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Sprawled wide and heavy on a narrow cot in a training-camp dormitory, he thought about being drafted, the mild brown eyes heavy-lidded as he looked out a narrow window.
"I had always thought of professional football in terms of the Los Angeles Rams or the San Francisco 49ers," he said, with maybe a trace of regret in the soft voice. "But when Coach Kuharich drafted me, I was satisfied. I still am. These people have been nothing but nice to me. This is a very demanding game and that does make a difference."
He puffed industriously at an ancient pipe. It had gone out and he relit it, holding the match carefully and sucking at the pipestem for a long time to get an even fire.
"Yes, man," he said then. "This is a very demanding game in so many ways. Take drinking. Man can't do it in this business. Very fortunately for me, hard liquor makes me quite ill. I used to go into Roy Barni's bar back in San Francisco and Roy would say to me, 'Ollie, how about a gin?' and I'd say to him, 'No, man,' and then he'd laugh. And then he would say again, 'Come on, Ollie, and have a gin,' and I'd keep on saying no. One time I did and I was really very ill. But the rest of the time I'd say to him, 'Roy, gimme a beer,' and at the utmost, I would have two beers, maybe three on a real hot day. Man, Roy thought it was real funny the day I got ill."
Matson chuckled appreciatively, remembering how funny it was, the oddly mild brown eyes lighting up. He was stretched limply on the bed. He sucked briskly on the pipe, cold again now.
"Like smoking," he went on. "Used to smoke cigarets, but not many. One thing about me, if I smoke a cigaret while I'm drinking a beer, that makes me very ill. So one day I'm in a store and I see this pipe which you may have noticed is a quite unique pipe. It was something like $12.95 and the man said I could have it for $4 and I been smoking it since. Doesn't bother me at all." He held the pipe up and looked at it appreciatively.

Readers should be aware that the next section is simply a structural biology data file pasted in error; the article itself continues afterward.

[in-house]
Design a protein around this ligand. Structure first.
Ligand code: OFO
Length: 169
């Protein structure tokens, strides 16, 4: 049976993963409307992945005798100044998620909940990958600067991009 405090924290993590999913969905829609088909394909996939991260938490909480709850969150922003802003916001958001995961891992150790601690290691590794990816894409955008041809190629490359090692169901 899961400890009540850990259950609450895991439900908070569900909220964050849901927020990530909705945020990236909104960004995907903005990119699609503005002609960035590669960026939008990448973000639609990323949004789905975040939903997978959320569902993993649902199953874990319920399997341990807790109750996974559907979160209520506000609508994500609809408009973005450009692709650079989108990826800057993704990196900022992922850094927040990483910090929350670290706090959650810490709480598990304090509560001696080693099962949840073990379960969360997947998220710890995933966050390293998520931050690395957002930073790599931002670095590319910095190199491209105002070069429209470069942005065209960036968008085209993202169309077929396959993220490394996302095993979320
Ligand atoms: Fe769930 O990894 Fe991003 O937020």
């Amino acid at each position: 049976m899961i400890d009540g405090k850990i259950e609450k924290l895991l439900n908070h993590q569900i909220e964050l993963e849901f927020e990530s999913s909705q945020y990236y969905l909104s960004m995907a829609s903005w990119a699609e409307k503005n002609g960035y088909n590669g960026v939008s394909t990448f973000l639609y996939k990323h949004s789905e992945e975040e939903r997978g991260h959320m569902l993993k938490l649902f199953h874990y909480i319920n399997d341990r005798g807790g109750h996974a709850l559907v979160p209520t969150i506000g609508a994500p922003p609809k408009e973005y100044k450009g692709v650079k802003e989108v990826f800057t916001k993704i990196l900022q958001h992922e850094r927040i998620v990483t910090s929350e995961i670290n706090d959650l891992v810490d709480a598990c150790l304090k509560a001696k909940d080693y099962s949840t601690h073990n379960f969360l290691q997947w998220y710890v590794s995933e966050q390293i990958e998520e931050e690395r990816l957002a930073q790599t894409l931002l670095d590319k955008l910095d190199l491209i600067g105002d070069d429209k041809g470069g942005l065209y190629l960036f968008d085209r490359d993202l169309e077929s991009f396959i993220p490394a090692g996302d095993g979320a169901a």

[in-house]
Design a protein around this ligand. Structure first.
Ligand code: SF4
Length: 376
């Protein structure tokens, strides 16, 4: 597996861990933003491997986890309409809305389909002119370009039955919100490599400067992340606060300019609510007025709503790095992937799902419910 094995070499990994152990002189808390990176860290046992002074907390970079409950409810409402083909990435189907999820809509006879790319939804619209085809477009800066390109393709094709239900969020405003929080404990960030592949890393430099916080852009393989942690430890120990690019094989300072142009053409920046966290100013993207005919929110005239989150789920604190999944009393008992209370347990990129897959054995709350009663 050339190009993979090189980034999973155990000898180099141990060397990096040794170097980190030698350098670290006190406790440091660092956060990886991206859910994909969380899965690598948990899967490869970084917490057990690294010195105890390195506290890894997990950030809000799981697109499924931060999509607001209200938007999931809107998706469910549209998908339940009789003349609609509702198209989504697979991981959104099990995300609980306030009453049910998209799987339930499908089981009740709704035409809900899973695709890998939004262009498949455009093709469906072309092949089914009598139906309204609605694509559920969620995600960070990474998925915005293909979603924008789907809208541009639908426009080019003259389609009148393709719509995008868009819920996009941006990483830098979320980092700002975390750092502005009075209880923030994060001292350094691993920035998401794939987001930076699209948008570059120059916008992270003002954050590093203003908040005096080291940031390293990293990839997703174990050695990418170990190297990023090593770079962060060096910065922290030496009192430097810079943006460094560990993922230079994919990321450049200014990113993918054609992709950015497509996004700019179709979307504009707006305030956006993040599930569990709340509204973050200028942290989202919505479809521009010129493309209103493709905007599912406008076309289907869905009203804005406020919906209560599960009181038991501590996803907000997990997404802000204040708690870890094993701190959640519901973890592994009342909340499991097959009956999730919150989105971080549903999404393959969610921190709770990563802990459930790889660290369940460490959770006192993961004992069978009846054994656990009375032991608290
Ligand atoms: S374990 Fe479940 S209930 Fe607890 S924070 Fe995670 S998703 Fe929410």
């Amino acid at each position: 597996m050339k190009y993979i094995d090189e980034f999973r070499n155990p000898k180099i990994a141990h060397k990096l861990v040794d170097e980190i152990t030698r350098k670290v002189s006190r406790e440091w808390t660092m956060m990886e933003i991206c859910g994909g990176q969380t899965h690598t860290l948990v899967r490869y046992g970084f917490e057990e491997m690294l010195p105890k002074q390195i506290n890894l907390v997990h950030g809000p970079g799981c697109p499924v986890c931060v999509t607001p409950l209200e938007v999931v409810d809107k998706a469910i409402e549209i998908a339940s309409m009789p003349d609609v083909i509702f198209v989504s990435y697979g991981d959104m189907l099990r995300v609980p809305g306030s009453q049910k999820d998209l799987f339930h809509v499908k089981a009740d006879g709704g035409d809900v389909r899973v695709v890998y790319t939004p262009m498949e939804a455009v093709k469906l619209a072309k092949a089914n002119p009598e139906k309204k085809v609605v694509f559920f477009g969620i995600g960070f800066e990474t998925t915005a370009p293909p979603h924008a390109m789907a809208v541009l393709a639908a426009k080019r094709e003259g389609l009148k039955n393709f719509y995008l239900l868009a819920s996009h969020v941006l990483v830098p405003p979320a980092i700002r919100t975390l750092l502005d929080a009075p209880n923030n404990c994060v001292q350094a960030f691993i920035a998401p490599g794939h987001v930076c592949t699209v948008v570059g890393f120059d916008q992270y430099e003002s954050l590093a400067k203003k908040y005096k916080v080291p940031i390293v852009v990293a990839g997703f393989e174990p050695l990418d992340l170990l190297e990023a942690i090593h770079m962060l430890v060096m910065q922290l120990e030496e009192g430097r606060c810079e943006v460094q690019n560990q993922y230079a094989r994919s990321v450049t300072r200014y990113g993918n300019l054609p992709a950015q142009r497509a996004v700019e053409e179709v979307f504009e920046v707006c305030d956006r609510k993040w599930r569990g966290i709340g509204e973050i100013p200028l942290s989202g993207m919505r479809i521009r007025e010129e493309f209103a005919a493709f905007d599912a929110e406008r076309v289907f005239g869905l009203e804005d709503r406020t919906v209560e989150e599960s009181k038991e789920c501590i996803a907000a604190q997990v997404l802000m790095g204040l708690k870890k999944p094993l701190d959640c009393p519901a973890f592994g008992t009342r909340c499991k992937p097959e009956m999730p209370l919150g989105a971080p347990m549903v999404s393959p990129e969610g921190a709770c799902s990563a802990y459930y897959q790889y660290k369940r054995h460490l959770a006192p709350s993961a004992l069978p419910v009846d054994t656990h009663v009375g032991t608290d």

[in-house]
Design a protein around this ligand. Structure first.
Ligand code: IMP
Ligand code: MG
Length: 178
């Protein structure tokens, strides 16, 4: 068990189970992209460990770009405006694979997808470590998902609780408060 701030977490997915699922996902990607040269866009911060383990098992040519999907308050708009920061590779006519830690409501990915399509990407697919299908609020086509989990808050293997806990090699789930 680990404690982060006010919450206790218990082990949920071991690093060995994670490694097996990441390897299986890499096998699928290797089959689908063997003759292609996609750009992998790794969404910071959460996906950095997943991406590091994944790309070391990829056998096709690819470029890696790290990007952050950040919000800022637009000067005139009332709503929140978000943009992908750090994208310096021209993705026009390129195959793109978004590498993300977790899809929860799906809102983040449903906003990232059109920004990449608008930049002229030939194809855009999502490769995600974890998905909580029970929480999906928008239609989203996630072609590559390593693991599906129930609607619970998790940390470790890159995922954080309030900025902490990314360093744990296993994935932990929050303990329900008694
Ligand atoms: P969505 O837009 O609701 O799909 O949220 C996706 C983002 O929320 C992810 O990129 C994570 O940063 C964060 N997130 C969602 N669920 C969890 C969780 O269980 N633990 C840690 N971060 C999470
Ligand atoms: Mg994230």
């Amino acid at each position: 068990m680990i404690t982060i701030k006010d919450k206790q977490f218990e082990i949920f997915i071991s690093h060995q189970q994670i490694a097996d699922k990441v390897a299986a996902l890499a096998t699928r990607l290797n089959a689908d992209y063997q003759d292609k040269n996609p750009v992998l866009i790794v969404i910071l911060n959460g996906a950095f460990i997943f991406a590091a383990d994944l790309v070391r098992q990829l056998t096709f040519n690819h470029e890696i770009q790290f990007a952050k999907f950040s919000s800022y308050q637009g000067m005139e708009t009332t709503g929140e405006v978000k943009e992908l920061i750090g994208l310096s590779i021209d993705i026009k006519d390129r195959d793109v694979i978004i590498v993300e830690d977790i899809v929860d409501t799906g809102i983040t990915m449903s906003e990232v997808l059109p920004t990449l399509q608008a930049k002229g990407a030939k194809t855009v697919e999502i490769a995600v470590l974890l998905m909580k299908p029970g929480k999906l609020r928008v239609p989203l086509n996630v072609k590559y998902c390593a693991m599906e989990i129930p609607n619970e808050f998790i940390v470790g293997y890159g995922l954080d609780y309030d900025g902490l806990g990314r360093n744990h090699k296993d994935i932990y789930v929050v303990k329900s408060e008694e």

"Doesn't hurt my wind at all," he said. "This is a rough business, so you must keep yourself in superb condition at all times. I watch my diet. If my wife cooks potatoes, I don't eat any bread. If I eat bread, no potatoes. During the off season, I go to the gym, play basketball, play golf, or shall I say I hack at the golf ball. Month before the season starts, I go down to the beach and run in the sand and run on the bridle paths and try a few pass-pattern maneuvers. My speed is most valuable to me, so I do my utmost to retain it."
( Matson placed third in the 400-meter run in the 1952 Olympics. It is a measure of the unswerving determination to excel which is a part of his makeup that he made that Olympic team in the face of almost universal assurance that three years of football at USF and no track had taken away too much of his speed. "Dink Templeton told me I couldn't make it," he said once. "I told him when the boat left for Helsinki, I'd be on it. Was, too. Then in Helsinki, I'm sitting around playing cards with George Rhoden, Mai Whitfield and Herb McKenley and all of them telling how they were gonna win the 400 meters the next day. I said to them, 'Fellows, there are three places on that stand out there and I'm going to be on one of them.' Was, too.")
Now, resting on the narrow cot after a long morning workout, he thought about the speed which has brought him so much. He rubbed the bowl of the pipe along the side of his nose and gazed solemnly out the window.
"You have to know how to use your speed, though," he said. "You have to use your head to some extent to use your speed to its fullest capacity. You have to set up the defense for the benefit of your blockers. You got to use your speed to get to the hole as soon as the blocker makes contact. When the defense man puts his hand out to ward off the blocker, you got to be there going fast to go by. You got to go right at the hole to do that—got to go right in off the tail of the fullback; you can't square the route. By that I mean you can't run to the side and then cut in at the hole—you got to go right at it."